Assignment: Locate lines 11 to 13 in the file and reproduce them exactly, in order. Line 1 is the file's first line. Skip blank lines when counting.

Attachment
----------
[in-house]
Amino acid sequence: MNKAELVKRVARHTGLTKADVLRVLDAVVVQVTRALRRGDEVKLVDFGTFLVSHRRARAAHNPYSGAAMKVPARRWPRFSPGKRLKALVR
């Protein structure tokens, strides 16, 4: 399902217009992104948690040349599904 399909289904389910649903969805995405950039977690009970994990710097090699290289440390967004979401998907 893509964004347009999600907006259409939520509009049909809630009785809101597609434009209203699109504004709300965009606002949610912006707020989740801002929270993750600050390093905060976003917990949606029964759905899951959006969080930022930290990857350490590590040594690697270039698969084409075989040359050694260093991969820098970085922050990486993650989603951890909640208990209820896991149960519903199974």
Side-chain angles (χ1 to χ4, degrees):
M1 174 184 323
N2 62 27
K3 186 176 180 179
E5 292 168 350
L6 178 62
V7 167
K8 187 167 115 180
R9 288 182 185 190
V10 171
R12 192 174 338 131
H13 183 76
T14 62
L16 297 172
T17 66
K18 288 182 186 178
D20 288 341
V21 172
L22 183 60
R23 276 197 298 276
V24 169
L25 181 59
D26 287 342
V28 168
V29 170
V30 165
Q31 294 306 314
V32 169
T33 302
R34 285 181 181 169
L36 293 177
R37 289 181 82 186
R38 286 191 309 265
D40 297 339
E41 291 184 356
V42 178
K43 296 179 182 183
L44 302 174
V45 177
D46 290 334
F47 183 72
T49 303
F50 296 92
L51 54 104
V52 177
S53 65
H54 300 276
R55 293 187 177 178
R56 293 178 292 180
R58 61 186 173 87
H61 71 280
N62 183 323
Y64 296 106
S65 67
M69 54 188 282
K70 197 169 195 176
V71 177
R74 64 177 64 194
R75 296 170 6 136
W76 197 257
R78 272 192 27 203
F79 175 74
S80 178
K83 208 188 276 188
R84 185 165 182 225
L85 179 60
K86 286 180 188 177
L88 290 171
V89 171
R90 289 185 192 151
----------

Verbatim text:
K8 187 167 115 180
R9 288 182 185 190
V10 171